Whatever happened to the peace dividend?
It wasn't long ago that the world appeared safe for democracy, or at least relatively protected from the horrors of Soviet-style tyranny. And with a percolating economy, the healthcare industry was braced for better days ahead in its relationship with Uncle Sam. Along with education and infrastructure improvements, conventional wisdom said, healthcare would gain more federal financial support as the military was downsized.
It didn't work out that way, thanks to a Republican revolution and a Democratic administration determined to look under every rock for fraud, deceit and other forms of illegal healthcare behavior.
And now that William Jefferson "Santa Claus" Clinton has firmly returned to the presidential sleigh, he's more anxious to give presents to the military than to healthcare providers. In his proposed budget for fiscal 2000, Clinton seeks the biggest jump in military spending in 15 years. Outlays for defense would increase by $12.6 billion in 2000 and by $112 billion over the next six years. Most of the infusion would be earmarked for higher military pay and pensions, as well as new weapons.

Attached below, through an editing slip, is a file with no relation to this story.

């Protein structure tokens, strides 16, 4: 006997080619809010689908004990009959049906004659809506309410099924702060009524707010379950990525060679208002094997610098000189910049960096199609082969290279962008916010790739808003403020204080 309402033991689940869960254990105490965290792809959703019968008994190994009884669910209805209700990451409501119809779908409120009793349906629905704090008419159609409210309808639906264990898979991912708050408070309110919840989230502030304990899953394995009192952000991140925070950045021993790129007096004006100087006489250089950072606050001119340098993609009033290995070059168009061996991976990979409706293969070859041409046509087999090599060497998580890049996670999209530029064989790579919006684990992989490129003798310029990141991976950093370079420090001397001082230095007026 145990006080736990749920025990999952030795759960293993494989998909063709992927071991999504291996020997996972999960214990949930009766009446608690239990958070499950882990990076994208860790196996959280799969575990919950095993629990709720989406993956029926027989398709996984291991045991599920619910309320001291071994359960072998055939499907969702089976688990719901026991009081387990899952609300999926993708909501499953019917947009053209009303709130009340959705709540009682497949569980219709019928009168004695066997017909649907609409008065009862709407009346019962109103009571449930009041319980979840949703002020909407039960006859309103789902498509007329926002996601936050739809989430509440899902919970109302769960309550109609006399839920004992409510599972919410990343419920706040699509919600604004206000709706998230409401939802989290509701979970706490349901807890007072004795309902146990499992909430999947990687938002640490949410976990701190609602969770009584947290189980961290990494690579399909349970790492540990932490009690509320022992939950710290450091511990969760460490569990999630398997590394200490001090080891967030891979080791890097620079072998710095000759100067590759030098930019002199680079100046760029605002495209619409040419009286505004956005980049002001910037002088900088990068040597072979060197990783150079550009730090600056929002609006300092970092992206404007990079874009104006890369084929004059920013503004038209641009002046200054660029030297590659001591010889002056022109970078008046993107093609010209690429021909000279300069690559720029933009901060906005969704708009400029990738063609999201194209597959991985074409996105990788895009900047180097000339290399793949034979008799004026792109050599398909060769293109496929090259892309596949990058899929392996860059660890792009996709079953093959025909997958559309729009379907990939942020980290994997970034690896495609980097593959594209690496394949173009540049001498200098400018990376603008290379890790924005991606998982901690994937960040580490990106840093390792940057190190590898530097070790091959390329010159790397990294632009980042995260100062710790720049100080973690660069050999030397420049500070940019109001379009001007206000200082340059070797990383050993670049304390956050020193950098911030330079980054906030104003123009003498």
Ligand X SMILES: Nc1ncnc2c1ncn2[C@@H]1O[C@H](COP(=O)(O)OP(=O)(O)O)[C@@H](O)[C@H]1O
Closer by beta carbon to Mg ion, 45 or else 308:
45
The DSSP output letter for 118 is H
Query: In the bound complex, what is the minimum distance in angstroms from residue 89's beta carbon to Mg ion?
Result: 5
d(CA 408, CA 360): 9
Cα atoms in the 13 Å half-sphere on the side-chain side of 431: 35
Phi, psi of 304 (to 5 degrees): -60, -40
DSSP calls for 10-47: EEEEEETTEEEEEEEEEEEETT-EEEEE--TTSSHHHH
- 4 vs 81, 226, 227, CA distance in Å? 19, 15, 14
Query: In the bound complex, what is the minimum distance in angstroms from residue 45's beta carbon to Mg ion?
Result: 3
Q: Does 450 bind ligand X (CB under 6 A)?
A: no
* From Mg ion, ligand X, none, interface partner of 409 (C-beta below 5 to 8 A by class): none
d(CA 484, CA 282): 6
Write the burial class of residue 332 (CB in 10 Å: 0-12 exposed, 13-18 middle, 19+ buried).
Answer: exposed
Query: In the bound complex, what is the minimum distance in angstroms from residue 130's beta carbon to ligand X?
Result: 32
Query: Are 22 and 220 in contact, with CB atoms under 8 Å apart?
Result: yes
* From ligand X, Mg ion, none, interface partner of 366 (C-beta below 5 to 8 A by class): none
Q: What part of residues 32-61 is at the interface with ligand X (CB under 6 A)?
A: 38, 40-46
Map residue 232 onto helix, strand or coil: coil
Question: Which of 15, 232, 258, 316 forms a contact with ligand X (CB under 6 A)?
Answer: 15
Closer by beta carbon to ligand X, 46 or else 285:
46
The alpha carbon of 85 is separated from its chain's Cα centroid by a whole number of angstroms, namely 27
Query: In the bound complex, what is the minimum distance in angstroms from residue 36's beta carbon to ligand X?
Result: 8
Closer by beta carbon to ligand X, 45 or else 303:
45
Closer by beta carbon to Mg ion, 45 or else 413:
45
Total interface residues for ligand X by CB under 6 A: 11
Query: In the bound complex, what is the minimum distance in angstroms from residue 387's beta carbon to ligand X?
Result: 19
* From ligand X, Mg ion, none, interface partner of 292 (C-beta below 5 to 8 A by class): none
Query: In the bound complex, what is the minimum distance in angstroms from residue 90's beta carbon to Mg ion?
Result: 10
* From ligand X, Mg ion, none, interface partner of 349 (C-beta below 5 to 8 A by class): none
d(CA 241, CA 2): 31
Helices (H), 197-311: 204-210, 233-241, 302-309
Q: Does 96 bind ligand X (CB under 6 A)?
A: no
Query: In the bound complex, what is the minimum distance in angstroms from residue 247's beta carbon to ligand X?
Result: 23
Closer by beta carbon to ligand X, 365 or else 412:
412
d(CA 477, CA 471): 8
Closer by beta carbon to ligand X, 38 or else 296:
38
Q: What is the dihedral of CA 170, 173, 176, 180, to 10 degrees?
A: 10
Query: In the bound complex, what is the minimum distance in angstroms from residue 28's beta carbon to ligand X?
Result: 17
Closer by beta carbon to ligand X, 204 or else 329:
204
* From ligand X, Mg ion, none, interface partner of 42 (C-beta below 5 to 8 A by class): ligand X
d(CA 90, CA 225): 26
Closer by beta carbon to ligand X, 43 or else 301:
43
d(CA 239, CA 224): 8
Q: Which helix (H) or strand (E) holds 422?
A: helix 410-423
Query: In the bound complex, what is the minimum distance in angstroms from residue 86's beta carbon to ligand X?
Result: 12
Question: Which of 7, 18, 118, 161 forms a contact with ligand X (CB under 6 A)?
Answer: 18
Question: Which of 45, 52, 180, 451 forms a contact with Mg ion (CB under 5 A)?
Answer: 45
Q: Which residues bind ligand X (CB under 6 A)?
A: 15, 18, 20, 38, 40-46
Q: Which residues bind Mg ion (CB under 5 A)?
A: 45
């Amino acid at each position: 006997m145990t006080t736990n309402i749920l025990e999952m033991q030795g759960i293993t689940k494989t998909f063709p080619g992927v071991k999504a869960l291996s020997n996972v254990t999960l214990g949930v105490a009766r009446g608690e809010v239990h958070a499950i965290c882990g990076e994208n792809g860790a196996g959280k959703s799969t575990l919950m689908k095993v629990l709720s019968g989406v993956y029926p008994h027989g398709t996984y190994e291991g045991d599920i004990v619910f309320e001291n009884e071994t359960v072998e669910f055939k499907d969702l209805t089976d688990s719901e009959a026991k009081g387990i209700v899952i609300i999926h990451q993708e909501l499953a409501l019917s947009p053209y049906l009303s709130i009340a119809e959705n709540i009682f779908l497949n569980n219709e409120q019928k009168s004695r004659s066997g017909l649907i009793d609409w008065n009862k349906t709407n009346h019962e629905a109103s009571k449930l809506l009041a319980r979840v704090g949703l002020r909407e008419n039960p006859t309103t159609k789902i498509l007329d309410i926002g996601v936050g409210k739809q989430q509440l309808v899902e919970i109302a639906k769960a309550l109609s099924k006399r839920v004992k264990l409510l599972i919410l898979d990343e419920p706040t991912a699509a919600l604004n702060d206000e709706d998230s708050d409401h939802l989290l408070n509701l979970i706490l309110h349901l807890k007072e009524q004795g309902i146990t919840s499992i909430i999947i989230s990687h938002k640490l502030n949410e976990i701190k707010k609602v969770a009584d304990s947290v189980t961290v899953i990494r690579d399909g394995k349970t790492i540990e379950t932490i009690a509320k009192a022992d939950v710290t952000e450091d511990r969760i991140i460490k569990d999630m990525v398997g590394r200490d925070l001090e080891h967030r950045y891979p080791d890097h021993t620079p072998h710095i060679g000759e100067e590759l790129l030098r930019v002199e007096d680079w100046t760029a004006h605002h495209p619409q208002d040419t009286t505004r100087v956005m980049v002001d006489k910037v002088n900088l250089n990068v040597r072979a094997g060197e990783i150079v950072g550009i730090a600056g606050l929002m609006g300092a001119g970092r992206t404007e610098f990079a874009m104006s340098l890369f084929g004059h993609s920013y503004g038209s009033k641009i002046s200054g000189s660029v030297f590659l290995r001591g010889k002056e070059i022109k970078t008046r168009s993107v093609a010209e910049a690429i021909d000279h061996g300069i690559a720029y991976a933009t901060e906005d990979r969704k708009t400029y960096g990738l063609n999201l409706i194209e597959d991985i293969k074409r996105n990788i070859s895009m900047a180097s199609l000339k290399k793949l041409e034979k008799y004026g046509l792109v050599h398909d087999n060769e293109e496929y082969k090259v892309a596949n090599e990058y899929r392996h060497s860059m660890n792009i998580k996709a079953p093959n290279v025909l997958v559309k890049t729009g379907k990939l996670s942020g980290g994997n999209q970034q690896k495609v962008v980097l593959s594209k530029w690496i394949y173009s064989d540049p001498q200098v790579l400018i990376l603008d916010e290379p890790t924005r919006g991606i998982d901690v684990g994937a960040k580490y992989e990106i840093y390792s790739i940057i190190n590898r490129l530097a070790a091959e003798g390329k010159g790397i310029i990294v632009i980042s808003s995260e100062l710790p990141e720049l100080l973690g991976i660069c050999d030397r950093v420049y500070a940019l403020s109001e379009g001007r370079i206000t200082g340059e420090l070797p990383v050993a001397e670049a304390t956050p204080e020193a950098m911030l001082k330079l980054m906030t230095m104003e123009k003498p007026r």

Meanwhile, the budget surplus has Republicans eyeballing a hefty tax cut and possibly sweetening the defense pot even more than the administration has suggested.
Rather than a peace dividend, healthcare gets a lump of coal.
The president wants to freeze Medicare hospital inpatient payment rates for fiscal 2000 as part of a package of more than $9 billion in provider payment reductions. Remember that inpatient rates also were frozen last year.
On the medical research front, the administration seeks a modest 2% budget increase for the National Institutes of Health after a big hike in the current fiscal year. In addition, providers can expect a continuation of strong fraud-fighting efforts and aggressive collection of user fees in fiscal 2000.
A lean and efficient government is a good thing. Maybe the best healthcare providers can hope for is that Uncle Sam monitors all federal contractors as closely as it does hospitals.